The opinion of the court was delivered by: Judge McClure
Joseph W. Farmer ("Farmer"), an inmate confined at the Dallas State Correctional Institution ("SCI-Dallas") in Dallas, Pennsylvania, initiated this pro se action by filing a Complaint pursuant to the provisions of 42 U.S.C. § 1983. (Record document no. 1.) Farmer also has filed an application to proceed in forma pauperis and has paid $300.00 toward the required $350.00 filing fee. (See Record document nos. 2, 6.) Based on the request to proceed in forma pauperis, the case is before the Court for screening pursuant to 28 U.S.C. § 1915. For the reasons set forth below, the Complaint will be dismissed pursuant to 28 U.S.C. § 1915(e).
Farmer alleges that the application of the 1996 and subsequent amendments to the parole guidelines unfairly affected his parole eligibility.*fn1 He makes three (3) claims in his Complaint. First, he alleges that, in her capacity as the Chair of the PBPP, Defendant McVey knew that the PBPP Board members who are named as Defendants in this action "used the new harsher 1996 parole amendments and subsequent amendments and also met federal grant awards requirements retroactively during [Farmer's] incarceration and parole hearings." (See Record document no. 1 at 2.) Farmer describes the amendments and "federal grant awards requirements" as follows: changed the designation of inmates and parolees from 'clients' to 'offenders', enacting legislation establishing certain offenses as 'violent', provide sufficiently severe punishment for certain offenses, emphasizing public safety as the first priority, federal grant awards that effect [sic] parole eligibility/suitability, expanding the one year review date by giving review dates in excess of the one year review thus complying with the federal grant awards requirements for certain violent offenses, increased the minimum date from 50% to 85% of the statutory maximum thus effecting [sic] parole eligibility/suitability, increased the composition of the parole hearing panel from one person to two persons, requiring three signatures for violent offenders instead of two signatures and numerous other changes made in 1996. (See id. at 3.) Farmer alleges that non-violent offenders were not affected by the "above unconstitutional violations" and that their application affected his parole eligibility/suitability unfairly. (See id.)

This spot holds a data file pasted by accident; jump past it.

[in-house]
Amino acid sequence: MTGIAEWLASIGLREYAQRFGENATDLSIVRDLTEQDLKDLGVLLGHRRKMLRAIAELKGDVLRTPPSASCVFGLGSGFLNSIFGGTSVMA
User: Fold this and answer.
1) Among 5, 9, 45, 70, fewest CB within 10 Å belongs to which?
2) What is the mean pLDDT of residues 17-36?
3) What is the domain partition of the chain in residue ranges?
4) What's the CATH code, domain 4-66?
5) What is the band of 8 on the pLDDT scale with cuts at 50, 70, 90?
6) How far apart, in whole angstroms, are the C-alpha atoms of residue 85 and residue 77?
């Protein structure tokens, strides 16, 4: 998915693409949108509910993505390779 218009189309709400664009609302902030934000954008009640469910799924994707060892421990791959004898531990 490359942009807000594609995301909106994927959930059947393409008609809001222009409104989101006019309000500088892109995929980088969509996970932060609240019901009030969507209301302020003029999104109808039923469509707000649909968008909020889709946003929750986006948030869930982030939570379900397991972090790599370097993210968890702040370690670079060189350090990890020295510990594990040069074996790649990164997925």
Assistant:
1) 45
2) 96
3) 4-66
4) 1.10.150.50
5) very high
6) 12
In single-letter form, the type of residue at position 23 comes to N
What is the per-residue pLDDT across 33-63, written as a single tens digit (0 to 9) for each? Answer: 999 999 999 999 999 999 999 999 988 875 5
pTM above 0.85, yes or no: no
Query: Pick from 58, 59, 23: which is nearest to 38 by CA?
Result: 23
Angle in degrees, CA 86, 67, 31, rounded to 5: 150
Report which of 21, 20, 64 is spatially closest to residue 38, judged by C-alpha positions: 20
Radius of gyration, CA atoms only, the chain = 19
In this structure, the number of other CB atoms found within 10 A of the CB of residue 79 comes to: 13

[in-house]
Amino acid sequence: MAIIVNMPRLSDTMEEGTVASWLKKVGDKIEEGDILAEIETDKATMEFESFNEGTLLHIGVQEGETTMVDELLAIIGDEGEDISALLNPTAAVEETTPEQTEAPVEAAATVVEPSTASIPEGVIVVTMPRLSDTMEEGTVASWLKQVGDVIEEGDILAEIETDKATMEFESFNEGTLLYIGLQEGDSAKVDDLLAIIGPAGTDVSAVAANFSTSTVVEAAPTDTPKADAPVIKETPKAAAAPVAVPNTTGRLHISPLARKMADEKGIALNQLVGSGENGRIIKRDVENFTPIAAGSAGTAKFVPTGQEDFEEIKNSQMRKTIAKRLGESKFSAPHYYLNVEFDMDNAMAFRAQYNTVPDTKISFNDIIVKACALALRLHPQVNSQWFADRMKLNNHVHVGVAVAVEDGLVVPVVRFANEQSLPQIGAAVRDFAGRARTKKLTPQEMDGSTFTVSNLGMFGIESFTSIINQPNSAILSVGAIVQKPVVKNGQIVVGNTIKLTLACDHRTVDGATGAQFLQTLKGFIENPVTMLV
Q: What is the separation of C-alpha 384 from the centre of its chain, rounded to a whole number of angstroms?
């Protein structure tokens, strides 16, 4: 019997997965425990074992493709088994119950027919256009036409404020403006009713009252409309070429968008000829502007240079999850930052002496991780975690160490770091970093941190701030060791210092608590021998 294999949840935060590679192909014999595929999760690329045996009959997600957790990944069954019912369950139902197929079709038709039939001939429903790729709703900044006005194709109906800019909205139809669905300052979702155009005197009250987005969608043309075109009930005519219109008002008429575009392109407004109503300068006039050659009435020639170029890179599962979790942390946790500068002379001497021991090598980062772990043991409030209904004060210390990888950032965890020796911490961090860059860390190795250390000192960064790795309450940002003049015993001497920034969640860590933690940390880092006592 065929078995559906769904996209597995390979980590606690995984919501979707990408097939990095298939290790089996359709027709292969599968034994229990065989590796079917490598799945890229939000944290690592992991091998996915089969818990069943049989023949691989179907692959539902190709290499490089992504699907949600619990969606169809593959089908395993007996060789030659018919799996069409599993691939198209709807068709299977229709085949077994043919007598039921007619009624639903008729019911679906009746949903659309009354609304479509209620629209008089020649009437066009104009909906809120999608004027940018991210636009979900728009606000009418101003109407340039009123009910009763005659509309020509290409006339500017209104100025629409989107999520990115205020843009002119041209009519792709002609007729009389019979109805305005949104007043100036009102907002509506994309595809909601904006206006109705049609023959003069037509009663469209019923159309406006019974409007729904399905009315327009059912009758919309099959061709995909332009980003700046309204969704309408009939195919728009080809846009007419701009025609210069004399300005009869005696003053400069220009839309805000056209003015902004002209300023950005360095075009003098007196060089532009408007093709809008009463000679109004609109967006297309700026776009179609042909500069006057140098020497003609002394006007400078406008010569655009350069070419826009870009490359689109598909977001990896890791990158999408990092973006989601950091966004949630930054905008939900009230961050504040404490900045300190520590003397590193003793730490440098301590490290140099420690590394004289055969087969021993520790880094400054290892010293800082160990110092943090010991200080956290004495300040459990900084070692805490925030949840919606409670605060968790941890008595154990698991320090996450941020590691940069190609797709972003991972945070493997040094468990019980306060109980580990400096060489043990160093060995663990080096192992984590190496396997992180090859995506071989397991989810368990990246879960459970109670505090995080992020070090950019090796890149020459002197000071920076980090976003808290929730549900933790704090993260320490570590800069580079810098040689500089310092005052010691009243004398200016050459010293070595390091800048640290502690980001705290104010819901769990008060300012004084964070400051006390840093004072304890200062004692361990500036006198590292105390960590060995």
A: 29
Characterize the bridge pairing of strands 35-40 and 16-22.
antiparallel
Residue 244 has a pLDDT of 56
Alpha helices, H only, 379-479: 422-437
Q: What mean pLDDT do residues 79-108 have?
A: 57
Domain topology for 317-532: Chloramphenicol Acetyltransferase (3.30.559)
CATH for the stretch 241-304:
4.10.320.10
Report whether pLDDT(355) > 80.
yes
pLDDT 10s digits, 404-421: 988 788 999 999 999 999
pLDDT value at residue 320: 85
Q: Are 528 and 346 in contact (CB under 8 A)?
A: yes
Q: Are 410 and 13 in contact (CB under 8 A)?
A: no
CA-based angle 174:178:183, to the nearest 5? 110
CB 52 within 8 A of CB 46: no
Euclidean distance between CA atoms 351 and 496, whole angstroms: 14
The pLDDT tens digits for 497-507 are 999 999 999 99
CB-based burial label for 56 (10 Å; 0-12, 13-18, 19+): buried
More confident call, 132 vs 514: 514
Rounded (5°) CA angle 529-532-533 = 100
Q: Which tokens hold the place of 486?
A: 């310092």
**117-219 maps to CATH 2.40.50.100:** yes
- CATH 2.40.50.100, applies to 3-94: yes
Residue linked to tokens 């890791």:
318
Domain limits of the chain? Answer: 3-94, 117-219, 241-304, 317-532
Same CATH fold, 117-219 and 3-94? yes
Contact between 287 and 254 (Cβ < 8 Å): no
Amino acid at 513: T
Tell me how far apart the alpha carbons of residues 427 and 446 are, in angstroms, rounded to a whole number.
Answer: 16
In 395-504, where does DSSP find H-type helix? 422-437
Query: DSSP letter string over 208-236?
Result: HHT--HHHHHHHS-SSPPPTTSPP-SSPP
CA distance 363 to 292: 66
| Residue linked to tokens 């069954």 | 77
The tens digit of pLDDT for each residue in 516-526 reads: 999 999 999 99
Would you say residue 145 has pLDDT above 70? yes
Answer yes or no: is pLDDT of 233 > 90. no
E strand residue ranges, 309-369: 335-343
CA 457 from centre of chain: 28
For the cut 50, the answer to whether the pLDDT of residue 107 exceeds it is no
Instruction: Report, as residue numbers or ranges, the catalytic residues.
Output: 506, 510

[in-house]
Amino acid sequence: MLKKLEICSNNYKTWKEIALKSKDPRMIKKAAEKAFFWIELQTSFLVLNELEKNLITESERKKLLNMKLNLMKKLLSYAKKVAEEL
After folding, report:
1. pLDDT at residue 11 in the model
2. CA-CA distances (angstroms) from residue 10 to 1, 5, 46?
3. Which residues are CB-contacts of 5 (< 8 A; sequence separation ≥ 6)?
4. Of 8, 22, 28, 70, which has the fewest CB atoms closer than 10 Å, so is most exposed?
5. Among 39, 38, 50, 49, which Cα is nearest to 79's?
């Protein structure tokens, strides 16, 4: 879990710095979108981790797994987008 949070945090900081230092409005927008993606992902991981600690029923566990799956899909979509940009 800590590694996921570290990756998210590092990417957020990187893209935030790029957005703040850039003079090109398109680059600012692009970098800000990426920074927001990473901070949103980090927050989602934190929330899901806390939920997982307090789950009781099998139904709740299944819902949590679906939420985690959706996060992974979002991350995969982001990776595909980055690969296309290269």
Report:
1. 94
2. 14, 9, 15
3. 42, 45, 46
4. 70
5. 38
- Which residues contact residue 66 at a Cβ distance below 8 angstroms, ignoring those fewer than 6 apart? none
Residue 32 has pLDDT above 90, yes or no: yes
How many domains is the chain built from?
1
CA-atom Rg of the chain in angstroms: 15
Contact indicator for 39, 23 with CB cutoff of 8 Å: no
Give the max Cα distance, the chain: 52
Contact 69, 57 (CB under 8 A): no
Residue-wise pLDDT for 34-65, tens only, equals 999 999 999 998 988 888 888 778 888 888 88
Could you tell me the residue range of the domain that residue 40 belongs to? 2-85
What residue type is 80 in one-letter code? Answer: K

Next, Farmer alleges that, in his capacity as Chair of the Pennsylvania Commission on Crime and Delinquency, Defendant Phillips knew about the procurement of federal grant awards by Defendant Thomas, the Executive Director of the Commission. (See id. 2.) Farmer claims that Thomas procured the federal grant awards for the DOC and that they were used retroactively, thus affecting Farmer's parole eligibility because his minimum date was increased from 50% to 85% for certain violent offenses. (See id. at 3-4.) He further claims that the PBPP has an "influential effect on the federal grant awards, because of its unconstitutional procedures and policies which also are used retroactively and unfairly." (See id. at 4.) Farmer alleges that the PBPP also has received grants from Phillips. (See id.)
Finally, Farmer alleges that, in his capacity as DOC Secretary, Defendant Beard knew that Superintendents Vaughn, DiGuglielmo, Wynder, and Klopotoski were aware of and used the unconstitutional federal grant awards requirements that provided for "sufficiently severe punishment and increasing the minimum date from 50% to 85% for certain violent offenses" and the 1996 and subsequent amendments to the parole guidelines, all of which affected Farmer's parole eligibility/suitability unfairly. (See id. at 2, 4.) Farmer claims that there is a free exchange of information between the PBPP and the DOC. (See id. at 4.) He alleges that the PBPP has an "influential effect on the above-named defendants and on the federal grant awards requirements because of its unconstitutional procedures and policies which also are used retroactively and unfairly." (See id.)
Farmer alleges that Defendants' "deliberate indifference" in "fail[ing] to act on information they should have known or a reasonable person in their situation would have known" denied him due process and violated the Ex Post Facto clause. (See id. at 4-5.) He claims that the "wrong procedures and policies were applied retroactively and unfairly during [his] incarceration and parole hearings." (See id. at 5.) Farmer alleges that these violations took place during his incarceration and parole hearings at SCI-Graterford between 1995 and 2008, and at SCI-Dallas from December 6, 2007 through the present. (See id.)